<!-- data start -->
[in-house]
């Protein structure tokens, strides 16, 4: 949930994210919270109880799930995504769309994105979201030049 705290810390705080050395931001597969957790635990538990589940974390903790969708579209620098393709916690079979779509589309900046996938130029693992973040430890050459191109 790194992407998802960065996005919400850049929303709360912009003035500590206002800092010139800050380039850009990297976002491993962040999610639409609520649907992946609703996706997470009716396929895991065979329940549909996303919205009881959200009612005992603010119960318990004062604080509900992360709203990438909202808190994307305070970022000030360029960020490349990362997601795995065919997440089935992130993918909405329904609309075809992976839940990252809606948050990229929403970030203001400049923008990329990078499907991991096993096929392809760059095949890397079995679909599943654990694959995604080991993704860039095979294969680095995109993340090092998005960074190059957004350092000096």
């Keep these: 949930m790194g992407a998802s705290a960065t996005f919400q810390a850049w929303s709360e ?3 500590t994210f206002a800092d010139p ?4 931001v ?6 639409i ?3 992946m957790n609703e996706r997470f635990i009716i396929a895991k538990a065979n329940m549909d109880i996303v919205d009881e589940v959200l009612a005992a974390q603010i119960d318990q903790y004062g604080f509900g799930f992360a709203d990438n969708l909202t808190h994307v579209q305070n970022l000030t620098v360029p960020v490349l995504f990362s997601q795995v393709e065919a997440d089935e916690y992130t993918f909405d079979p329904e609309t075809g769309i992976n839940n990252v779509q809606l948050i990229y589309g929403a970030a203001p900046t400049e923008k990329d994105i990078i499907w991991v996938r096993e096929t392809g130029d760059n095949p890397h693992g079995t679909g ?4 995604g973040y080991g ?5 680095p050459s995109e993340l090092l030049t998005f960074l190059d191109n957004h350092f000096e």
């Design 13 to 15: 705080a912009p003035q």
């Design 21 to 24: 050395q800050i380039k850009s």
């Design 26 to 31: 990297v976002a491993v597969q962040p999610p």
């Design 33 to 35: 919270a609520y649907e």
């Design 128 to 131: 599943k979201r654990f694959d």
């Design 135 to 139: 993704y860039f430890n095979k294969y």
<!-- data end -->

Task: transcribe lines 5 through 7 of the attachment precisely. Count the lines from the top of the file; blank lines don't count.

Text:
């Design 21 to 24: 050395q800050i380039k850009s």
């Design 26 to 31: 990297v976002a491993v597969q962040p999610p």
């Design 33 to 35: 919270a609520y649907e």